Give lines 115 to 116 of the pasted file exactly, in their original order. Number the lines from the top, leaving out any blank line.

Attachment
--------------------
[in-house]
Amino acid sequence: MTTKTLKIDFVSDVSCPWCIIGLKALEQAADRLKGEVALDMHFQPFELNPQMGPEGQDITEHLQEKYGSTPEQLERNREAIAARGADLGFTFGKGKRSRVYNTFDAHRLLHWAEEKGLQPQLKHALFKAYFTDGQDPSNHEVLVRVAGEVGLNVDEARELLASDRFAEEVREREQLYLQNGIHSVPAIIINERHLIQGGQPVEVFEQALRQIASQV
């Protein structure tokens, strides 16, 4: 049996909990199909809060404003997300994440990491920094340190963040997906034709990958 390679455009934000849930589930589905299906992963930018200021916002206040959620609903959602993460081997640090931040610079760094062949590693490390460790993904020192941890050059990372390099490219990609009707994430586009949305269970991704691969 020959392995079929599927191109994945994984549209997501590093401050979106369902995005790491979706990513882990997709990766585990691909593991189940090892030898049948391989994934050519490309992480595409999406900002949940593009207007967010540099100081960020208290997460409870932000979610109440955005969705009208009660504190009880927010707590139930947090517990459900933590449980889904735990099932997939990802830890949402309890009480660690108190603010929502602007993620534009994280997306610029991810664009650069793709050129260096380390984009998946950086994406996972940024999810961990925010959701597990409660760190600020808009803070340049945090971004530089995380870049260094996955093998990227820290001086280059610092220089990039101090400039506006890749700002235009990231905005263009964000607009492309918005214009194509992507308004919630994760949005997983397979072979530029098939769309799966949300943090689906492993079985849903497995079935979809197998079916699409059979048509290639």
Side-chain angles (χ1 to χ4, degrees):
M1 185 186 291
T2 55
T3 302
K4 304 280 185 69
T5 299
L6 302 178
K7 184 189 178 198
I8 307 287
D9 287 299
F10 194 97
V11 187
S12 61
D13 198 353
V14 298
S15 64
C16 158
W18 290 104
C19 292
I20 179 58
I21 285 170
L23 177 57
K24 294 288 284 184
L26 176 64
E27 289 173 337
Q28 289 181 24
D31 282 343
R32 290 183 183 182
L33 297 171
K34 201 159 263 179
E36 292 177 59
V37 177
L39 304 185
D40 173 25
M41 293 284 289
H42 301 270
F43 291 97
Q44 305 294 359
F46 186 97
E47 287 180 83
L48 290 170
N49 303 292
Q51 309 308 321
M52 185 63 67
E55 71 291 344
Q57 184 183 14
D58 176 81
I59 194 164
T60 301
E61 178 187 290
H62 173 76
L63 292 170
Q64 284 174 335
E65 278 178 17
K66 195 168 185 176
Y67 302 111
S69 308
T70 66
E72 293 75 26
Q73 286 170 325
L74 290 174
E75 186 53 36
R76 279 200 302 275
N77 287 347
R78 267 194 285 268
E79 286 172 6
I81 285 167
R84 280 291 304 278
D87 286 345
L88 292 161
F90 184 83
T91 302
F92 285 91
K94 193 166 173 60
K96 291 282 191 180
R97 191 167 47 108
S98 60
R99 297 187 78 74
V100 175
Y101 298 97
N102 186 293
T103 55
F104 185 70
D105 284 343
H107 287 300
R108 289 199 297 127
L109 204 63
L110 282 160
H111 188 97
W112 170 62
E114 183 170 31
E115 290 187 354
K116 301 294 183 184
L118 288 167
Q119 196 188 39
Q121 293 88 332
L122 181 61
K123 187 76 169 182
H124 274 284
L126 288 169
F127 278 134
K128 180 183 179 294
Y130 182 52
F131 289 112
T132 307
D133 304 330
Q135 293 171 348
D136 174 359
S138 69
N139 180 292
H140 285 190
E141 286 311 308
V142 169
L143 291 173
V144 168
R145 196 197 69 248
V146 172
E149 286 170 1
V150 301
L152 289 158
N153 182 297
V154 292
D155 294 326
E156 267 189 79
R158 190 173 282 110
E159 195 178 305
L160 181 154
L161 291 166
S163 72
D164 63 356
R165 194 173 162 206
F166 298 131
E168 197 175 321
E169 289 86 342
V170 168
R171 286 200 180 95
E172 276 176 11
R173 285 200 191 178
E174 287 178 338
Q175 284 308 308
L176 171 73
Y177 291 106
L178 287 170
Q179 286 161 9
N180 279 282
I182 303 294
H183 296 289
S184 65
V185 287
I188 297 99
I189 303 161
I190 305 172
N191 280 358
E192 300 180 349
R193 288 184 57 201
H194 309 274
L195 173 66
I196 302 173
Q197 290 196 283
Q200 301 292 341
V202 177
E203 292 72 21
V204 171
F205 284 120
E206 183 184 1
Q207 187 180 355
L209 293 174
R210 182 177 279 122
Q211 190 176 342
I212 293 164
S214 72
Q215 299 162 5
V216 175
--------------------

E141 286 311 308
V142 169